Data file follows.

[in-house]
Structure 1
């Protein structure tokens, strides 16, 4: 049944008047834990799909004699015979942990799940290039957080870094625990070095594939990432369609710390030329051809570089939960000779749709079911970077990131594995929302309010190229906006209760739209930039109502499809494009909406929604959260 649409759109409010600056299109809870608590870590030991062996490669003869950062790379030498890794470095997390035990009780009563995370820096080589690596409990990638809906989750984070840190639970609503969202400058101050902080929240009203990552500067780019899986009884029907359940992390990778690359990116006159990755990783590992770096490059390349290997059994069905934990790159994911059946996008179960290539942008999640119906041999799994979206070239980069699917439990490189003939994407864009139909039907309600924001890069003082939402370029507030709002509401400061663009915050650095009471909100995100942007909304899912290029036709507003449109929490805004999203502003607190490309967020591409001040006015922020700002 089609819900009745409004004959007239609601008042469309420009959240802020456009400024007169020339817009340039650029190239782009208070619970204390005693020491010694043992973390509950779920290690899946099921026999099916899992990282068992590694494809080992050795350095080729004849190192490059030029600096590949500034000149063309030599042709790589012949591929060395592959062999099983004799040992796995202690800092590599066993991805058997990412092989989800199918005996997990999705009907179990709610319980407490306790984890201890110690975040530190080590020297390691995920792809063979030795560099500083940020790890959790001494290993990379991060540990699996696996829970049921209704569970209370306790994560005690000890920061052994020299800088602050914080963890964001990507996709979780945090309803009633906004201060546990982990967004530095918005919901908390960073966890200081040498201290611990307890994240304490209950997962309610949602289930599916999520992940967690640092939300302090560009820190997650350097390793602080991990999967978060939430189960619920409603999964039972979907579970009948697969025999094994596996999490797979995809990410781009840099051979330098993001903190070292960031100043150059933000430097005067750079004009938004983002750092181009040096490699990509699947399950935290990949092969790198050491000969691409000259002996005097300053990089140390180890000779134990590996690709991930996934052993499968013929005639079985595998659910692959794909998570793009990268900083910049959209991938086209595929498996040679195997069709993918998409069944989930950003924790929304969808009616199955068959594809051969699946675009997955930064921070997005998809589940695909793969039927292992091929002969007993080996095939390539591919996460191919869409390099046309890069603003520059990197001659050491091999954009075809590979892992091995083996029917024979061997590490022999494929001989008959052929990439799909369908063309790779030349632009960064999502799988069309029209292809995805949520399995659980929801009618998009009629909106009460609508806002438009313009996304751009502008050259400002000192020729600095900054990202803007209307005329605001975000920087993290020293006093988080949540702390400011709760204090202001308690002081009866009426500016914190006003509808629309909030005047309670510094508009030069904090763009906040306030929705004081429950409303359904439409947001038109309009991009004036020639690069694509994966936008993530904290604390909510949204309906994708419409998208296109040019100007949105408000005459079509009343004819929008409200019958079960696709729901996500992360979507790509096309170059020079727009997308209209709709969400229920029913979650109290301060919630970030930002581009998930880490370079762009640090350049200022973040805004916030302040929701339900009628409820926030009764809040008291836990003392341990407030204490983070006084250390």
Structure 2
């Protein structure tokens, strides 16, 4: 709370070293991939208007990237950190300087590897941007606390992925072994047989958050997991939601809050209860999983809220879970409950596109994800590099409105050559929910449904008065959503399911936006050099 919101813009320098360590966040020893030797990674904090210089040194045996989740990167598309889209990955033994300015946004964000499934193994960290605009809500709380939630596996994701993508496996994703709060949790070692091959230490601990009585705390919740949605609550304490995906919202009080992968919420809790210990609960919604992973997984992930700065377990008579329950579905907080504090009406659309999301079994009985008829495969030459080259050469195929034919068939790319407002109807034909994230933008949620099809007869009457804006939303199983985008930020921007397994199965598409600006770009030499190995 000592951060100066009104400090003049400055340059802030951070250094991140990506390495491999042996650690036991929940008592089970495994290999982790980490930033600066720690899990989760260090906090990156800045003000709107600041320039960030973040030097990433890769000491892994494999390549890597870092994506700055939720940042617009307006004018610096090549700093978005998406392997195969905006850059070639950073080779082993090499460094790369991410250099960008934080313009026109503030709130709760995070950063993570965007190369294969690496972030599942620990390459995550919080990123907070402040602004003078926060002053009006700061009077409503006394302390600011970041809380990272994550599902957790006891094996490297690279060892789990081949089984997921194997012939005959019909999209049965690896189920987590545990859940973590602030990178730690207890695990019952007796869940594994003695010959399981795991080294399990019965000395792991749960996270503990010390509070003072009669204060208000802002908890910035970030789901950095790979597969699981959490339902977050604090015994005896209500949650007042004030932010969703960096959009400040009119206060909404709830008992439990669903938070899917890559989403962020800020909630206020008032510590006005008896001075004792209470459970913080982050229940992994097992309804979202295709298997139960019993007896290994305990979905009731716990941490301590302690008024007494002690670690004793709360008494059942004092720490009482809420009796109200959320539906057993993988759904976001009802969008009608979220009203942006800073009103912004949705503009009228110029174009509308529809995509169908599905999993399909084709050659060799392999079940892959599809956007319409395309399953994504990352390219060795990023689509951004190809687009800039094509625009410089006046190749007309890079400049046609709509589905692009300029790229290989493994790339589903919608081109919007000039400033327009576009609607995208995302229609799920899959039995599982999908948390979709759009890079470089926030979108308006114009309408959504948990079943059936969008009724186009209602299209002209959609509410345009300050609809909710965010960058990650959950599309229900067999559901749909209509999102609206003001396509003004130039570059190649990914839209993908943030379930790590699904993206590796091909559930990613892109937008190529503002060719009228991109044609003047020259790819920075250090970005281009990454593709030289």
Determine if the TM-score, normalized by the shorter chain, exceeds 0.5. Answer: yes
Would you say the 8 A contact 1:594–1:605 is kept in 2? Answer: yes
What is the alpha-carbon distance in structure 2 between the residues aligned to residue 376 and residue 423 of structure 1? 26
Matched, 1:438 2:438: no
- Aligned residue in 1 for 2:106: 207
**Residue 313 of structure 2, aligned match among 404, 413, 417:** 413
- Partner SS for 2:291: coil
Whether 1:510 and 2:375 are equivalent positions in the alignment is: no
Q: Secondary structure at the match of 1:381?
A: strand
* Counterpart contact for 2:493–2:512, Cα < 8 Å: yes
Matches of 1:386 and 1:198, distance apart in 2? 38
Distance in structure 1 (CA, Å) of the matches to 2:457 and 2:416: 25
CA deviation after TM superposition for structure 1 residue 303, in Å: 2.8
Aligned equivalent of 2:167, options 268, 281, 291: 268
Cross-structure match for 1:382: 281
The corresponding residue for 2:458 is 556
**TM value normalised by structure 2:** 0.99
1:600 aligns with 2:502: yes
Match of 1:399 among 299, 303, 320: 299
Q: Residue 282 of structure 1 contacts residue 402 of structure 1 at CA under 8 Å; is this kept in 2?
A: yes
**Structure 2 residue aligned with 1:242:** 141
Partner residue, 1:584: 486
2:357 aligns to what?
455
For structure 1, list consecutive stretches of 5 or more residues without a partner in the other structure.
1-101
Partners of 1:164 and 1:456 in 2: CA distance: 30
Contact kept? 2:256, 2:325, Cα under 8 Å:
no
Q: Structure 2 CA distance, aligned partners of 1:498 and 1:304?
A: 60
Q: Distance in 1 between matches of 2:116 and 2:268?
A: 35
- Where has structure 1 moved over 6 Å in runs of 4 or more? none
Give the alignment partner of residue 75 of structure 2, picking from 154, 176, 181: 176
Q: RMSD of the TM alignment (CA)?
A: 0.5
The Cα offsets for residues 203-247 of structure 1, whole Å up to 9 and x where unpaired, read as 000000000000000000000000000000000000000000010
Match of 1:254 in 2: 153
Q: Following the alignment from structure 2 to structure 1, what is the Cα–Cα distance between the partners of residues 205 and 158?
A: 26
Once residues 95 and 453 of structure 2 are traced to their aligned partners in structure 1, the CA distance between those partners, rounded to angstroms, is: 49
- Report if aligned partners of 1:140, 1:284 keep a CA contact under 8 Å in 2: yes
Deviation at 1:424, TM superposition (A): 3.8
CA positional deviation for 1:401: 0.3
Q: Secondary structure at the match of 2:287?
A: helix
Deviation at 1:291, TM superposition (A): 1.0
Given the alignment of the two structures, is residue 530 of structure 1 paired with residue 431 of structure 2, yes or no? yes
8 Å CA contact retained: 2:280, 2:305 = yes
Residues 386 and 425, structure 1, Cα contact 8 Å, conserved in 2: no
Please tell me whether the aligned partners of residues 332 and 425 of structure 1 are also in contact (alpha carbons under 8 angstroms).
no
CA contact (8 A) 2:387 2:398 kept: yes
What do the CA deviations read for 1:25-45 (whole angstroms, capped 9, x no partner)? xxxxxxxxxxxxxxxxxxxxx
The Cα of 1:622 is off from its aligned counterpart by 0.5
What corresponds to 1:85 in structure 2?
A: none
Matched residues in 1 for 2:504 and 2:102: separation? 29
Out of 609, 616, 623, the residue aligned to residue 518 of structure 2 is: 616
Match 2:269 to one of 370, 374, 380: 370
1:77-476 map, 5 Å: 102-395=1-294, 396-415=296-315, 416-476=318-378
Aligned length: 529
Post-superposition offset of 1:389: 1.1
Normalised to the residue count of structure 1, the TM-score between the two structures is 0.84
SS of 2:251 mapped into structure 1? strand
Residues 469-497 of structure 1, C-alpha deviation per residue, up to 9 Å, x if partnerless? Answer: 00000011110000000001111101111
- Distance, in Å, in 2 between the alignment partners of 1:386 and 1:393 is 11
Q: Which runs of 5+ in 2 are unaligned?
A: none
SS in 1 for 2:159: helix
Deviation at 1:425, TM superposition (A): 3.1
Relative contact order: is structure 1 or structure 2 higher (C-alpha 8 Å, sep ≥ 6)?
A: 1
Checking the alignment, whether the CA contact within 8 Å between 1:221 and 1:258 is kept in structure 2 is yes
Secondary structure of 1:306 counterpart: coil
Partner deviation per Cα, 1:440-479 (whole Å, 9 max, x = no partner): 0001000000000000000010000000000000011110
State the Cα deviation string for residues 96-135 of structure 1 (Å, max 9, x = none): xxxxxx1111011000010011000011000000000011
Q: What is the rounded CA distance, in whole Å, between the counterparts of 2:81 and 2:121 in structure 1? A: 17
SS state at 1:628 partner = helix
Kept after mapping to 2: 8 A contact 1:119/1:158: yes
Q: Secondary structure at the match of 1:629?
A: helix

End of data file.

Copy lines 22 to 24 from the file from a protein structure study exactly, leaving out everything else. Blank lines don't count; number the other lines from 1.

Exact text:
The corresponding residue for 2:458 is 556
**TM value normalised by structure 2:** 0.99
1:600 aligns with 2:502: yes